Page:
[PROJ] Static/Dynamic Webmapping Problem version 2.0

Greg Troxel gdt at lexort.com
Tue Jul 16 07:22:16 PDT 2019

Cameron Shorter <cameron.shorter at gmail.com> writes:

> Thanks for feedback so far. I'm aggregating answers into one email,
> and copying your comments into the master working doc here:
> https://docs.google.com/document/d/15uBX2qICODRkiHXeksT0zEy6TuysanIxuc4anV0o5F0/edit#
> On 15/7/19 9:58 pm, Greg Troxel wrote:
>> It might also help to have your notes in plain text and actually send
>> them to the list, after editing for minimum length
> Greg, you are asking good questions, but it would be bad manners for
> me dump my long, half baked paper onto this list. Instead I'll copy
> the introduction, and hopefully you might be tempted to read the
> details in doc reference above:

I would suggest that you first write something that presumes the
appropriate background and is as short as possible.  Explaining it to
people who don't understand surveuying/geodesy is much harder of course.

> Increasing demands for location accuracy has exposed design flaws in
> current “good-enough” approaches to web-mapping. Prior implementations
> haven’t accounted for tectonic plate shifts, resulting in systematic
> metre-level inaccuracies which are increasing over time.

This is not about web mapping.  I think you are conflating issues with
fuzzy or old datum use with web presentation.

> The problem we’ve inherited is that a dynamicdatum is being used as if
> it were static. (Think of a datum as a mathematical model and
> associated coordinate system for the earth.)

So this is a clue that you are writing for a different audience than I
suggest.  I realize that may be your end goal, but I think you should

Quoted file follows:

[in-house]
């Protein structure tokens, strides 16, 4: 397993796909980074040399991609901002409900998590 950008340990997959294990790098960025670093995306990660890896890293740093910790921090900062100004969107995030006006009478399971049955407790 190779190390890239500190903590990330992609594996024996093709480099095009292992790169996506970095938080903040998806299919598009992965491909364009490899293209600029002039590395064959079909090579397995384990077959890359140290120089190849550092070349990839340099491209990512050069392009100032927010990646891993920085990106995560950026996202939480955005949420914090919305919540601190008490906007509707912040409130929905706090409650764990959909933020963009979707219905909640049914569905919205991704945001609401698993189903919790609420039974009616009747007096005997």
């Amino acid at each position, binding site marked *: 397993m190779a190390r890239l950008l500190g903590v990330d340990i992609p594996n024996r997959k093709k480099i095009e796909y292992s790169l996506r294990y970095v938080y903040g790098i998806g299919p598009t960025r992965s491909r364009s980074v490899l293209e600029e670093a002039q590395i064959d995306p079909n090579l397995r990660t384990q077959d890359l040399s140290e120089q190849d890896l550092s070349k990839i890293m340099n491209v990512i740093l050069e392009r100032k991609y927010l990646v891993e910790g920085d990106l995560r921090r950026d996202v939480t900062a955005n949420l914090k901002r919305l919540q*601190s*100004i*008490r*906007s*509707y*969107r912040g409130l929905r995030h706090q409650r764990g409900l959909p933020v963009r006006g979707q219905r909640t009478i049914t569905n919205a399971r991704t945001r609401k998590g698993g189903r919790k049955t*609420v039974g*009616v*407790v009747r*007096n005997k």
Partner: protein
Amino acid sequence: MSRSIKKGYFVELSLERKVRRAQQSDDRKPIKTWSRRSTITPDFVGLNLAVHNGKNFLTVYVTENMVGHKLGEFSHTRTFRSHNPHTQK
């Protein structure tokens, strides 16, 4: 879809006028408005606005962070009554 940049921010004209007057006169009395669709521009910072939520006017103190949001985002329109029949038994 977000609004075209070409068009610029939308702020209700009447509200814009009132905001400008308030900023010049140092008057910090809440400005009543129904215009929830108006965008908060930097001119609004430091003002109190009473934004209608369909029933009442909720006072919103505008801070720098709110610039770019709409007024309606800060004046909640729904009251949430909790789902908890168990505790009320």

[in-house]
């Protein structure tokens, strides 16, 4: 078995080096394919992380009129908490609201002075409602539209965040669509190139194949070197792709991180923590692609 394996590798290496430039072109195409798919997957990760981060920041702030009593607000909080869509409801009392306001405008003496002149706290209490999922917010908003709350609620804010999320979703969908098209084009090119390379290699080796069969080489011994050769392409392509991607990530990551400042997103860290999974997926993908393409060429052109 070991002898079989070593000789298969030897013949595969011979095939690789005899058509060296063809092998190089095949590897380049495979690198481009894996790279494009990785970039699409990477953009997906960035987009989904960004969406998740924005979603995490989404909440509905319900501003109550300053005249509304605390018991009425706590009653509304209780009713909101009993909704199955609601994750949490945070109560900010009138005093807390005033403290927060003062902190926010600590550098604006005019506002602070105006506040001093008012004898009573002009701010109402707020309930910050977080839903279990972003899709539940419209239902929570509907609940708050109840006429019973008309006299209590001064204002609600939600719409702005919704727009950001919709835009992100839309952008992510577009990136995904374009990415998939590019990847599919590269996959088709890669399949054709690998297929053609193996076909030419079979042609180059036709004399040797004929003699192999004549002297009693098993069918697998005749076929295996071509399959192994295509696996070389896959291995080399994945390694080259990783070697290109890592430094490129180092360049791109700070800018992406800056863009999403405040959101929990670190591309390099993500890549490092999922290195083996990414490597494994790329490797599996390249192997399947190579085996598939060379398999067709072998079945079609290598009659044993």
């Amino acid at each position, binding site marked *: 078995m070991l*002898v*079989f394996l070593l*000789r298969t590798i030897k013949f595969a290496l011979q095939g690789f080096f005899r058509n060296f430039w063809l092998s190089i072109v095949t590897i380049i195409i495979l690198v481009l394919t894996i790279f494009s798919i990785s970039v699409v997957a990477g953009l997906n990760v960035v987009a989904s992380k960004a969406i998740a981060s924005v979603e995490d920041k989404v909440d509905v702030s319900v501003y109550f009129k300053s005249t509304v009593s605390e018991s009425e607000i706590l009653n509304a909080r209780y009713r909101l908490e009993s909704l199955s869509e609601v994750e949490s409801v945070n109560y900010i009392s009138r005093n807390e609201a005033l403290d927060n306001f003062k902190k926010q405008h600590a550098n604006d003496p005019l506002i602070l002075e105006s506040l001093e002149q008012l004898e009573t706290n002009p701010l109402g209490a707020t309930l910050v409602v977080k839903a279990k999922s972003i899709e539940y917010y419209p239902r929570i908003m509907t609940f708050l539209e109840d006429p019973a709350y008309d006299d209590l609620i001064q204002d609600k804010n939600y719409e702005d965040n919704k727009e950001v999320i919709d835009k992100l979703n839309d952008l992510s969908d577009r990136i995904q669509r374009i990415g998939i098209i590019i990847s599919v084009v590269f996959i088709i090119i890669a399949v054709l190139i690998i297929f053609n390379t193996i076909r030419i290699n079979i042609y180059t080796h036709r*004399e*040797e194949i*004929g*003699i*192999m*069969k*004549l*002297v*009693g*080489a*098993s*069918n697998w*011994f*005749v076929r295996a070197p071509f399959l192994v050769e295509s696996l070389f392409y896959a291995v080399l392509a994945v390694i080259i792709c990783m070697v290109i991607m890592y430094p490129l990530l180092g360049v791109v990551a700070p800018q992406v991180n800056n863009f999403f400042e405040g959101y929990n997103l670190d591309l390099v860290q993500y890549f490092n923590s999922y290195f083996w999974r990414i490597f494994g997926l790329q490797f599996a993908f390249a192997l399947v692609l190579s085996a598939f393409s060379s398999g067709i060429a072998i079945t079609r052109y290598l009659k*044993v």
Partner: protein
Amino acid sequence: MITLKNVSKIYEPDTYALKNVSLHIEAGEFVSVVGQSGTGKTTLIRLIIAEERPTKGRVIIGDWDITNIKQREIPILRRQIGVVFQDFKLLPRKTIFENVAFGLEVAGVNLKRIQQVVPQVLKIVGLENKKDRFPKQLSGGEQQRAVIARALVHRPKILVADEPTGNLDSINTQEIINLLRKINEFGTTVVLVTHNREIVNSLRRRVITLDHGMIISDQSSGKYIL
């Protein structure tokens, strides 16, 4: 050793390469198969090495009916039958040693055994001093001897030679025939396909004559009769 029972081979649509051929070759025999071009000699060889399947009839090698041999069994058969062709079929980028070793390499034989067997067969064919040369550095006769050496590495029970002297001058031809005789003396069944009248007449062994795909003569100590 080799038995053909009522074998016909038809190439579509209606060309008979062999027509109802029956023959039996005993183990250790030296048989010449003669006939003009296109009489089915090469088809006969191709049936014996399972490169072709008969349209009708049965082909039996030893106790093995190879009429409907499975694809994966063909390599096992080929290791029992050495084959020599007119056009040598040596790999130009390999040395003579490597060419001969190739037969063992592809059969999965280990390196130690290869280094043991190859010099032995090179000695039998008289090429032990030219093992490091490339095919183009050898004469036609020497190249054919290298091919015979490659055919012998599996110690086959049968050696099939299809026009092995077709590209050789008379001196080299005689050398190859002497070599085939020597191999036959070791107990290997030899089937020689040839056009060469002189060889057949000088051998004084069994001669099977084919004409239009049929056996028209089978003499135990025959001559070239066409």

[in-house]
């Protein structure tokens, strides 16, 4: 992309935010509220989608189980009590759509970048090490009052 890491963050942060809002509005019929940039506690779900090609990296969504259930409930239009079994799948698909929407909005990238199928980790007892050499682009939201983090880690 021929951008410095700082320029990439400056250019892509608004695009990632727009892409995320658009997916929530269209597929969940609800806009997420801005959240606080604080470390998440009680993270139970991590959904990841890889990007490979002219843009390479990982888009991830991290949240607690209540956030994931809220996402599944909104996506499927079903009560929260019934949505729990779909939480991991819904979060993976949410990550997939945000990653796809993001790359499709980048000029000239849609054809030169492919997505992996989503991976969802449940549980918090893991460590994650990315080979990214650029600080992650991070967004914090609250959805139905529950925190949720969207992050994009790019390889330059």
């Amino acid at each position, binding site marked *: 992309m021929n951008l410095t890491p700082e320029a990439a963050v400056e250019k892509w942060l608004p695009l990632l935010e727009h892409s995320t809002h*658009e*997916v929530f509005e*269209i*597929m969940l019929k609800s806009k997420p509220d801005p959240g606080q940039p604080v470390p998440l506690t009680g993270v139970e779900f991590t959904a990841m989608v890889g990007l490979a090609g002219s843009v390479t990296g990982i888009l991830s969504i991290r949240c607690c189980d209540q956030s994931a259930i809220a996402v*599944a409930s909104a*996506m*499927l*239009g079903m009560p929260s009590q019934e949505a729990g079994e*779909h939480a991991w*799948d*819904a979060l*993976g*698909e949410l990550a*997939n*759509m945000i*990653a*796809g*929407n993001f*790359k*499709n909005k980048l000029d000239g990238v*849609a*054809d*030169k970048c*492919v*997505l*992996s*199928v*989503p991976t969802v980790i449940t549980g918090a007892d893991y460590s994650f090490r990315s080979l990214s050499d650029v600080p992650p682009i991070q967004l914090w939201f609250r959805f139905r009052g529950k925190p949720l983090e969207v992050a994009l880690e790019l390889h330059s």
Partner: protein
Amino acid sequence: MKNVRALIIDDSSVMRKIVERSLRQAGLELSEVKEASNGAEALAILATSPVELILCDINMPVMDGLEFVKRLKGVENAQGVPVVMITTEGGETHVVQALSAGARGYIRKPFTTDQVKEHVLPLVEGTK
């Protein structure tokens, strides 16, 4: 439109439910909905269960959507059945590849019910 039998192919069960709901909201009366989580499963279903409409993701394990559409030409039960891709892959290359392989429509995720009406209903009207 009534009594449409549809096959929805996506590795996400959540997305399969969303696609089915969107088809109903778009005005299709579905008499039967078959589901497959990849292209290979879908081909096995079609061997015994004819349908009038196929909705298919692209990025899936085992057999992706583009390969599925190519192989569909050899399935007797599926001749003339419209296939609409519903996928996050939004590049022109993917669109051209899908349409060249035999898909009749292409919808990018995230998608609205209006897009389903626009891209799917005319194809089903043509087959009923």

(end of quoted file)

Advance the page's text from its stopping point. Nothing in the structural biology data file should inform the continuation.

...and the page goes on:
have the professional audience crisp version peer reviewed first.

>    Web-mapping applications use pre-rendered map tiles to improve
>    performance and scalability. This freezes map tiles at a point in time.

Yes, but typically the underlying databases are updated and tiles are
rebuilt.  In openstreetmap my impression is that tiles rarely get to be
30 days old.

Are you really talking about station velocities that are so large that a
tile from even a year ago has a big enough shift to be perceptible at
z19?  z20?  I have not done the math, but this seems hard to believe.

At z19 (mid latitude) on a normal computer, it seems that 20m is about
100 pixels (very roughly).  So that's 20 cm/pixel.  How far apart do
epochs needto be for trouble?  (Note that I'm assuming all the data has
been transformed into the same datum.)

>  To facilitate interoperability, implementers have selected a
>    defacto-standard map projection of WGS84 Web Mercatorwhich is
>    <https://www.epsg-registry.org/report.htm?type=selection&entity=urn:ogc:def:crs:EPSG::3857&reportDetail=short&style=urn:uuid:report-style:default-with-code&style_name=OGP%20Default%20With%20Code&title=EPSG:3857>based
>    on the WGS84 datum.

Yes, but the notion of which WGS84 has been fuzzy, because it has not
been that important.   It seems obvious as new WGS84 realizations happen
over time that the database/projection should be interpreted as the
recent one, for people that care about meter-level accuracy.

>    However the WGS84 datum is dynamic (time dependant),meaning that a
>    feature’s coordinates change over time as the tectonic plates drift
>    across the earth.

This would be a really good place to insert the velocity of typical
stations in your country in the latest WGS84 realization.  Or perhaps
the 90th percentile of velocity.   Are you talking 1 cm/year, or is it
much higher?

>    This results in misaligned map layers.

"misaligned" is an odd word, because I'm not sure what is misaligned to
what.  If you mean multiple map layers, because one  is epoch 2010.0 and
one ecpoh 2014.0, then I can see the point.  But again, what are the
velocities, and what is the resulting position error?   How does that
compare to the uncertainties in the positions in the first place?

>    Adopting a static datum for web mapping, probably using the WGS84
>    realisations currently in use.

If you mean, "for web mapping, specify that we use some recent flavor of
WGS84 (or ITRFXxx?), and some epoch", I can see the point, but who is it
you want to adopt?   And, how is that epoch going to be chosen, and when
will it be updated?

Please note that I'm not saying that epochs can be ignored always.  In
the glorious future, the type used for positions will have velocities
and an epoch.  But I am having a hard time seeing this as a web mapping
problem now.

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